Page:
Earlier this week I talked about the tremendously fun The Art of Self-Defense, and specifically discussed a desire to avoid some of the more soulless big budget fare that’s being put out this summer in order to seek out some weirder mid-tier that are rapidly going the way of the dodo. And, to continue on with that trend, I decided to pop back over to the theater this week to check out a strange little horror movie that I’d been hearing shockingly positive things about. The alligator monster movie Crawl! Now, I’d seen the trailers for this movie, and just kind of wrote it off. In general I just don’t seem to connect with killer animal movies the way that some people do, and all the big human vs nature movies that have won people over the last few years have just done nothing for me, kind of like that Shallows movie from a few years ago. And yet, I started to hear some really positive buzz around Crawl, so I decided it was time for a bit more summer escapism, and I went to check out the type of movie that we’re probably less than five years of never seeing in theaters again. And I really lament that, because movies like Crawl are the perfect antidote to any bloated blockbuster fatigue.
Crawl tells the story of a young woman named Haley Keller who learns that a massive hurricane is about to sweep through nearby southern Florida. However, she also learns from her sister that no one has heard from her estranged father, who lives right in the most dangerous path of the hurricane. So, Haley decides to drive back to her hometown to make sure that her father is okay and isn’t doing something stupid. She sneaks by several police barricades, and eventually reaches the sad condo that her dad is living in, only finding his dog Sugar. So, acting on a hunch, Haley brings Sugar back to her childhood home, where she finds her father’s truck. She gets into the house, and eventually finds her father Dave under the house in a large crawl-space, unconscious and covered in strange wounds. And, while trying to rescue him she comes across the source of the wounds. A large alligator has gotten under the house, and had attacked Dave, leading him to seek refuge in a small corner where the gator couldn’t reach. So, Haley is now trapped in the crawl space with her severely injured father, as the hurricane finally comes rolling in, slowly flooding the crawlspace.
What follows is the cinematic equivalent of Lucy pulling the football away from Charlie Brown, with Haley and Dave continuing to find possible ways out of their predicament, only for it all to come crashing down. They attempt to sneak past the gator to get Haley’s phone to call for help only to find a second gator waiting for them. They attempt to get the attention of some rednecks robbing a gas station across the street, only to watch them get devoured by yet more alligators lurking around the area. Some police officers happen to show up after Haley got their attention driving bast their barricades, but they both get devoured. They find a way back into the house, only to find that Dave put something too heavy on the door so they can’t use it. Finally though, Haley is able to escape the crawlspace by swimming through the same drainage pipe that the gators used to get there in the first place, and is able to free her father by breaking through the floorboards. And, after several more failed experiments, some more gator attacks that result in some missing limbs, they finally get to the roof of their house, flagging down a rescue copter and finally leaving this cursed alligator-filled house.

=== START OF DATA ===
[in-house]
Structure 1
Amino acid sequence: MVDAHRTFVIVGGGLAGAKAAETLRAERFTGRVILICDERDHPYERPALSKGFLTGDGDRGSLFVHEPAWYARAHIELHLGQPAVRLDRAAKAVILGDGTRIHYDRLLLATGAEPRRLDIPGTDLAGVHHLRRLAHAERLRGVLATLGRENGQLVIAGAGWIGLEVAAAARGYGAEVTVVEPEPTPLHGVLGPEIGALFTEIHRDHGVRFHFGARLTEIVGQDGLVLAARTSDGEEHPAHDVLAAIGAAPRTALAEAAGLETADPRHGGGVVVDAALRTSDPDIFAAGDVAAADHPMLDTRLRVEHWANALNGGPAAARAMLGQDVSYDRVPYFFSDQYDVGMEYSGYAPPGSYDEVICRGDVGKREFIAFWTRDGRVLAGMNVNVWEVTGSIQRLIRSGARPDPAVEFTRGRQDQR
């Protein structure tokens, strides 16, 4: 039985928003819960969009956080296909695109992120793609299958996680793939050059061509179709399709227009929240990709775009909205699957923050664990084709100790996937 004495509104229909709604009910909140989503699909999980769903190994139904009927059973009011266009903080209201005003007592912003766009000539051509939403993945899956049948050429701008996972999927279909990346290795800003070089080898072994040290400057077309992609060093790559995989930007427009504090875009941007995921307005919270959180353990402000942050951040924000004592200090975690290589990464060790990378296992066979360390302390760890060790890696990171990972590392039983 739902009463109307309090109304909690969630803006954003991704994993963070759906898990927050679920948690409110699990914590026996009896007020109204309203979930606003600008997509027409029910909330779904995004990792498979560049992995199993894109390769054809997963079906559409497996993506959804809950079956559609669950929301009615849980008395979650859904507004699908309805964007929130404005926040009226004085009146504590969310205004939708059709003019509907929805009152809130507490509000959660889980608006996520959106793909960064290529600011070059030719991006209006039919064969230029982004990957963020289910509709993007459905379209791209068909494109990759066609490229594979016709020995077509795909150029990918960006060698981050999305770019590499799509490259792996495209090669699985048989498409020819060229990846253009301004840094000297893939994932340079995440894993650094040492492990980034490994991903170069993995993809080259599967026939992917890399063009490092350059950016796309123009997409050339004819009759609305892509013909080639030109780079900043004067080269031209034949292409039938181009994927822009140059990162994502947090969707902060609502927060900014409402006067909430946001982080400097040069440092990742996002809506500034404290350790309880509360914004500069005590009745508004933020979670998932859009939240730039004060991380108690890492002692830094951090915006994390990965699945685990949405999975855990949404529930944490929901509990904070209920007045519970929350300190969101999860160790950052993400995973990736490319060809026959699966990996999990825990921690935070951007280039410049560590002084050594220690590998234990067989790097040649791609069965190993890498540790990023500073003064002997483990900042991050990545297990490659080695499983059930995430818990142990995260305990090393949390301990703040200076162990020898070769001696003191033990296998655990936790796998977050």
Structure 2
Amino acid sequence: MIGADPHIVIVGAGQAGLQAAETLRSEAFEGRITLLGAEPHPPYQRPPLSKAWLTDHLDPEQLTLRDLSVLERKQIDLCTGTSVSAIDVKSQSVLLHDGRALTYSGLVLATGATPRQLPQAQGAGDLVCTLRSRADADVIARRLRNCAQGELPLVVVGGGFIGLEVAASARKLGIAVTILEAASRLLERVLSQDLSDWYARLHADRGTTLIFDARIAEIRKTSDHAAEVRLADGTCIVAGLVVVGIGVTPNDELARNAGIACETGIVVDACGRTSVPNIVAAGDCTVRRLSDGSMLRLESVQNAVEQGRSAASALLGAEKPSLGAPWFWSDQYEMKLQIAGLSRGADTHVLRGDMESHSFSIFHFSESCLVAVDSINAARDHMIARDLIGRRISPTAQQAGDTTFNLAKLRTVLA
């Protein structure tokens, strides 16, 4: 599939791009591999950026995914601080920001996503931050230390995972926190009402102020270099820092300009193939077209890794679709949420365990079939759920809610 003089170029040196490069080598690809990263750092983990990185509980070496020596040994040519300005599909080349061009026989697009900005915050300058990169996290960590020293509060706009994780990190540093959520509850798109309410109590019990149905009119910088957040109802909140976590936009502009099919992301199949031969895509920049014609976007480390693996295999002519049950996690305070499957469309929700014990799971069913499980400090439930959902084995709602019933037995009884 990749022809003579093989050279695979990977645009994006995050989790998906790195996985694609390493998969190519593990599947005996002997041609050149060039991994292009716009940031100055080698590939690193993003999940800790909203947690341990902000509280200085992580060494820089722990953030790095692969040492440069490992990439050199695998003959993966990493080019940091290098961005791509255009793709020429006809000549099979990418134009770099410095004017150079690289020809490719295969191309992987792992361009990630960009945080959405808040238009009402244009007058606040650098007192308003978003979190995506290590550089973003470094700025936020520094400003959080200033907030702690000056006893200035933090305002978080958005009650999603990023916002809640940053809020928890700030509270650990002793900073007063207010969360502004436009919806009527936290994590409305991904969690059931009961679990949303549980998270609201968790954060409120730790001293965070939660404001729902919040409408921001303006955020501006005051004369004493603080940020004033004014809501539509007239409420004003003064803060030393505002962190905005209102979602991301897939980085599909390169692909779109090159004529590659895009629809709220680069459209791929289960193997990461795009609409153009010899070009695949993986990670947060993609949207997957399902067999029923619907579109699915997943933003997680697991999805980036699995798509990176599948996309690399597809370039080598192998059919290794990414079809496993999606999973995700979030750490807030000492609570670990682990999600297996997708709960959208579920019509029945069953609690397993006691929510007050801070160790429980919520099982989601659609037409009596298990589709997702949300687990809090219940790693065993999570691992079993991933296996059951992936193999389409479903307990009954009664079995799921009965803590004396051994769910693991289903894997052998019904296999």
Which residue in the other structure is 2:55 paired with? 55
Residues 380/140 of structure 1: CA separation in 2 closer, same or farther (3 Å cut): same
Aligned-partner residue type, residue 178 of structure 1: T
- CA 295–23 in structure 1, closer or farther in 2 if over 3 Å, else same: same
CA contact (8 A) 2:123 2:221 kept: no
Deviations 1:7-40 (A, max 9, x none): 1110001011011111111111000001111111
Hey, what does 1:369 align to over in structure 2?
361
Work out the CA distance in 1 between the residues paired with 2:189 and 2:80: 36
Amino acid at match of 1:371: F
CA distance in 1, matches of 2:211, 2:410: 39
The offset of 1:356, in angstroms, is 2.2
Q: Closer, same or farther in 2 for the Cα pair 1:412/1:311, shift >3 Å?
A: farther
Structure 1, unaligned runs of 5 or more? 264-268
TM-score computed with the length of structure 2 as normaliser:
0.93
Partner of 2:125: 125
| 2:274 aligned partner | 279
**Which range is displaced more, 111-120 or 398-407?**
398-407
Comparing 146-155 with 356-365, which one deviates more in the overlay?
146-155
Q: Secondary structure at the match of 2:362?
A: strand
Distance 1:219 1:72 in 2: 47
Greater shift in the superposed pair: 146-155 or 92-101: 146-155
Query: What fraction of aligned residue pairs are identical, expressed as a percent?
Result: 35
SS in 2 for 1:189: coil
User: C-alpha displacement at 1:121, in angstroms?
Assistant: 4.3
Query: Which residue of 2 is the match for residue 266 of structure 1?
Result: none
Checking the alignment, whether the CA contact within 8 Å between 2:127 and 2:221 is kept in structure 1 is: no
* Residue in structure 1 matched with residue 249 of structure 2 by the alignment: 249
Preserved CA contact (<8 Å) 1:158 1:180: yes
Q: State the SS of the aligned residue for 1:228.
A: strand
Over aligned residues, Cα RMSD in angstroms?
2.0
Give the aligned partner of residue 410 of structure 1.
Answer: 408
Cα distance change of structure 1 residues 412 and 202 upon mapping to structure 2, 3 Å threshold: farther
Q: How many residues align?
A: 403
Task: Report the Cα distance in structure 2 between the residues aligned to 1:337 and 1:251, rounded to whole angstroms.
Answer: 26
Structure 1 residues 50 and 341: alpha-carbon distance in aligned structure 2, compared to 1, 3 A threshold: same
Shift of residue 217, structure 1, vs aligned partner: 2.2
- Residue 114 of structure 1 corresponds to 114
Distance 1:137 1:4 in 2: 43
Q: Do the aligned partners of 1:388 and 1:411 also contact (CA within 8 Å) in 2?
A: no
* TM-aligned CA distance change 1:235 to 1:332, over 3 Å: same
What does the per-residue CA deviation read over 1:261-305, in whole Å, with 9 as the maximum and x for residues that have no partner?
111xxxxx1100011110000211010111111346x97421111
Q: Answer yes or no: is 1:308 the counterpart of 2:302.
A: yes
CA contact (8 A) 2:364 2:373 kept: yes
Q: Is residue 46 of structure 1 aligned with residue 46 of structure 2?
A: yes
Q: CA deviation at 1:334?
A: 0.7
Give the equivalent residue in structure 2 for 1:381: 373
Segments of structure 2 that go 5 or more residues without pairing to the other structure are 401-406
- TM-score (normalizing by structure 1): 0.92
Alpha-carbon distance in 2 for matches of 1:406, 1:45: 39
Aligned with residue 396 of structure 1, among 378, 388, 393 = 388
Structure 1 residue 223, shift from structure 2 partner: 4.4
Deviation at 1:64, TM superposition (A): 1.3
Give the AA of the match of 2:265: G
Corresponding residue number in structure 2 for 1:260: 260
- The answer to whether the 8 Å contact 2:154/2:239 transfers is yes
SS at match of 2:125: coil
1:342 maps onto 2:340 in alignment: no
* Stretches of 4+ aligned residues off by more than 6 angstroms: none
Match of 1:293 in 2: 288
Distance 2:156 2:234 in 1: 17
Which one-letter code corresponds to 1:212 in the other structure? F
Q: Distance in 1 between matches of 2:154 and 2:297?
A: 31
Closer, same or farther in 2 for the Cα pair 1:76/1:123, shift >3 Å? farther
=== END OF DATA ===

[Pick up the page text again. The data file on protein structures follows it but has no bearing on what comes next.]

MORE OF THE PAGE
Crawl is a very simple movie. It’s full of jump scares and features a plot that’s basically just a series of increasingly ridiculous obstacles, getting more and more outlandish as the film goes on. And, it’s a hell of a good time. Movies like this really live or die by the strength of their creative teams, and this movie really lucked out by getting creators who know what they’re doing, and who are able to maintain a through-line of tension which so easily could have gone wrong. At so many points this film could have fallen apart, just one jump scare too many, or one ridiculous plan failing spectacularly could have pushed it over the edge, and yet the film maintains an exciting pace throughout, presenting a really impressive feat of tension film-making. It’s a film that relies on the pure, unadulterated fear that humans would naturally have towards alligators, and packs it into a tightly paced, claustrophobic little movie that just pays off from start to finish. It’s tight as a drum, basically exactly as long as it needs to be, and full of some really wonderful scares and moments of pure dread.
And, all the while, we also get a whole lot of insight into these two characters. Every now and then, between failed attempts to flee the crawlspace, Haley and Dave would just kind of take a breather, plan their next escape, and talk about the numerous issues that led them to becoming estranged. Essentially boiling down to Haley being worried that her skills at swimming and Dave’s pressure on her was what resulted in Dave’s divorce from Haley’s mother. Because, while they certainly are trying absolutely everything they possibly can to survive this experience, it also seems like this may be their last moments on Earth, so what’s to keep them from airing their dirty laundry and finally just getting down to the bottom of their issues. Which, I found kind of fascinating. Even if you think you had a stellar relationship with your parents, there’s always some things that would probably become cathartic to talk about, but that you never would really want to do so. But, when you’re trapped in a horror movie plot, where death seems almost certain, then it makes perfect sense to give into an impromptu therapy session. Seems pretty freeing.
Crawl was written by Michael Rasmussen and Shawn Rasmussen, directed by Alexandre Aja, and released by Paramount Pictures, 2019.
Categories: Reel Talk